A school in Lucknow is facing a magisterial inquiry over a Class 9 student being sent home for wearing a hijab though the move has been supported by principals of other educational institutions in the city.
St Joseph's Inter College on May 7 refused to let Farheen Fatima enter her classroom because she was wearing a hijab or headscarf.
Anil Agarwal, managing director of St Joseph’s, said the girl's act had violated the school's dress code. "If somebody wants to wear a religious dress, they should seek admission in a madrasa or some such school," he was quoted as saying by The Indian Express.
The girl's mother wrote to the school and filed a complaint about the "unconstitutional" action with the district magistrate, who ordered a magisterial inquiry. He directed the additional city magistrate to record the statement of the principal and submit a report by May 19.
The school responded on Friday by saying that allowing Fatima to enter the school with a hijab "would not be appropriate and granting such permission might lead to more issues in the near future," The Indian Express reported.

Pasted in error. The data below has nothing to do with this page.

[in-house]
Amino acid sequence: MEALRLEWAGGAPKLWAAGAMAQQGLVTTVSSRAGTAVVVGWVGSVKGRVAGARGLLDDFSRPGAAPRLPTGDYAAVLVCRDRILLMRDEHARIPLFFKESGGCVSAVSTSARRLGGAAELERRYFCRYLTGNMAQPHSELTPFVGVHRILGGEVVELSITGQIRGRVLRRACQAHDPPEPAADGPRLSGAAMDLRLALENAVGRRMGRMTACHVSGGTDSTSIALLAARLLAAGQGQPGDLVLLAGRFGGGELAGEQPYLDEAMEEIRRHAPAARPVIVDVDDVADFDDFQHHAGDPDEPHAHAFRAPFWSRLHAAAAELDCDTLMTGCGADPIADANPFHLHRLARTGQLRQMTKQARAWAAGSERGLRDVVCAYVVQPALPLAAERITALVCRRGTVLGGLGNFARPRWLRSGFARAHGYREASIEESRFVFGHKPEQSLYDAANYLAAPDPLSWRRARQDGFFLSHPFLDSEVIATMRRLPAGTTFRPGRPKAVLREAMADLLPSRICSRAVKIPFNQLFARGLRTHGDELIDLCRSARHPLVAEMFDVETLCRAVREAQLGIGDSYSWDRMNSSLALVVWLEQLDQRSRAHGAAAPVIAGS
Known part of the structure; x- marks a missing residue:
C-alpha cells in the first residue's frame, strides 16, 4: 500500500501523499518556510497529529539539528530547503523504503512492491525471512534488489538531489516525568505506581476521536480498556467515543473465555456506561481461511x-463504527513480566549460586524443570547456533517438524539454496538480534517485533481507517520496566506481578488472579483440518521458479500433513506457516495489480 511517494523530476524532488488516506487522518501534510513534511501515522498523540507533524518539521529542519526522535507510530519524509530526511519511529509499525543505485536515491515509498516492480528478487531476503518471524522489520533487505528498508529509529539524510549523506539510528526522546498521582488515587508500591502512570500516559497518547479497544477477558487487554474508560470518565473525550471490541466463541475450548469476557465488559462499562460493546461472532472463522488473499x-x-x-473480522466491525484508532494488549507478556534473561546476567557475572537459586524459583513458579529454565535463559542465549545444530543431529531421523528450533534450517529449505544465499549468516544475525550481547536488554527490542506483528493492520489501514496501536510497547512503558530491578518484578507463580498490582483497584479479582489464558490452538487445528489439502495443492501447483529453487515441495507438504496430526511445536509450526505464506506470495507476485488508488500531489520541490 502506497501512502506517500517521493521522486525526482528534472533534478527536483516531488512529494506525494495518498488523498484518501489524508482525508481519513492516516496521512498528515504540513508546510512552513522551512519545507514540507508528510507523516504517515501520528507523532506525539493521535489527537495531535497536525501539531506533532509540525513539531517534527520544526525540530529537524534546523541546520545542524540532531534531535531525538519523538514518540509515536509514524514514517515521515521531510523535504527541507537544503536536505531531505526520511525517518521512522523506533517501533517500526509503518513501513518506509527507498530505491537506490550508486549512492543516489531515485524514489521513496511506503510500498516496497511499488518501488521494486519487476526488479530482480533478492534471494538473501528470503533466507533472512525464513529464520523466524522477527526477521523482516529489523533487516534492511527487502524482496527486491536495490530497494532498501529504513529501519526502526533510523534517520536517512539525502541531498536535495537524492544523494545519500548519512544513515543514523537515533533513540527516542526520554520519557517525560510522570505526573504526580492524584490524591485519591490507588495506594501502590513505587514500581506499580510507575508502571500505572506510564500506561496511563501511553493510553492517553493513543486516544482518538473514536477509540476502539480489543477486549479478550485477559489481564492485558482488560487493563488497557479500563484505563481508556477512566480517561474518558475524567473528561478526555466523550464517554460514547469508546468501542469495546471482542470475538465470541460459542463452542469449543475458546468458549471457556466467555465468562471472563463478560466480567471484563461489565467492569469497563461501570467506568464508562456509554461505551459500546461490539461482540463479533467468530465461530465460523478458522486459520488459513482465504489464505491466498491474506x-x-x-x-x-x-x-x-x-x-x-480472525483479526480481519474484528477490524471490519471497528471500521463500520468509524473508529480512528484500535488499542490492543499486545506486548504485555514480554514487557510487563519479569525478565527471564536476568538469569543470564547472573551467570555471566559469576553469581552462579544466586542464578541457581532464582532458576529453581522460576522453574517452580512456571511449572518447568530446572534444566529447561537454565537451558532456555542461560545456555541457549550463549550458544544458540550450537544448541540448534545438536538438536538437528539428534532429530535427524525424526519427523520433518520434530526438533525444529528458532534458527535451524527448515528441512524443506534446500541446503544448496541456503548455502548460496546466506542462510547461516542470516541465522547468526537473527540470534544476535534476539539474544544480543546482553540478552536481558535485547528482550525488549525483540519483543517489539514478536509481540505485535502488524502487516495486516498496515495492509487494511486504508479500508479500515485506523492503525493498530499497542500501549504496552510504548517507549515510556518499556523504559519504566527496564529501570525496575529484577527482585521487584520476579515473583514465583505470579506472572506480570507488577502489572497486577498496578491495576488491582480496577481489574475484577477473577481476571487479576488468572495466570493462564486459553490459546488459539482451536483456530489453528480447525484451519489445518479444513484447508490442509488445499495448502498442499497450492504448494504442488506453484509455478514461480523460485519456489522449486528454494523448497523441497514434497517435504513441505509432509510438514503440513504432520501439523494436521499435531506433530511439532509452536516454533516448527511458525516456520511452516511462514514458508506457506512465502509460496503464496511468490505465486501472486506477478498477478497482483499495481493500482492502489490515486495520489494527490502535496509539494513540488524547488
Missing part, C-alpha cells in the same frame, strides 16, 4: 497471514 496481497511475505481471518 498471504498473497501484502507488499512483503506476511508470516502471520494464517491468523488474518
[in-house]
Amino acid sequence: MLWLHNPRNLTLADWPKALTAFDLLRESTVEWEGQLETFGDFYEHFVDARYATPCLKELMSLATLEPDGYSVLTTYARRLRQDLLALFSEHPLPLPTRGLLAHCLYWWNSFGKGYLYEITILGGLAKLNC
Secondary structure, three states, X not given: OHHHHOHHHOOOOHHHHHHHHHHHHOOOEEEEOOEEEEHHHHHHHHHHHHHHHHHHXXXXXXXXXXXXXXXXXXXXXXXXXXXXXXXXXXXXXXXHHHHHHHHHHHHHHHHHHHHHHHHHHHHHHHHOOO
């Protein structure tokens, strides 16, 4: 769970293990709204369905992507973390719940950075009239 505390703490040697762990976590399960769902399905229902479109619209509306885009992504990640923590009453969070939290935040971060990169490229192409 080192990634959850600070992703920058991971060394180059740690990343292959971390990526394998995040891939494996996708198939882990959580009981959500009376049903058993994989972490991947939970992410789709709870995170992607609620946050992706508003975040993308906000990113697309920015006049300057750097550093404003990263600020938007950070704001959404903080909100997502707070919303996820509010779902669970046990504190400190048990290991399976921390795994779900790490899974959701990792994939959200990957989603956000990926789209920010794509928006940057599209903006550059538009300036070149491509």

Fatima's family has withdrawn her from St Joseph's and is looking for admission elsewhere in the city.
In a statement submitted to the district magistrate on Friday, St Joseph's founder-manager Pushplata Agarwal said that "at the time of admission, the parents had not stated that their child would study with a hijab…the student was told that she can come to the school with a hijab but will have to remove it and keep it at an earmarked place and that she cannot wear a hijab inside the classroom."
Support for school's decision
Principals of other schools in the city have openly extended support to St Joseph's. They argued that the school's management was only enforcing discipline and there is no room for religion in this matter.
The schools said there is nothing wrong in the decision to deny entry to the girl and that "discipline, especially regarding uniforms, should be maintained at all cost."
Fr Denis Naresh Lobo, principal of St Francis’ College, said students should strictly adhere to discipline and "uniform is meant for uniformity".
He said: "There shouldn’t be any differences based on religion, caste and languages. All are equal. We are one."
Hoerner College principal Mala Singh Mehra said schools were and should be secular in their approach.
"The uniform is meant to ensure that there is no discrimination on the basis of caste, creed, race, colour, socio economic background and religion," she said. At present it was an issue of the hijab but later there could be other reasons to object, she added.
Those seeking admission in schools of secular orientation should accept their norms, Mehra said.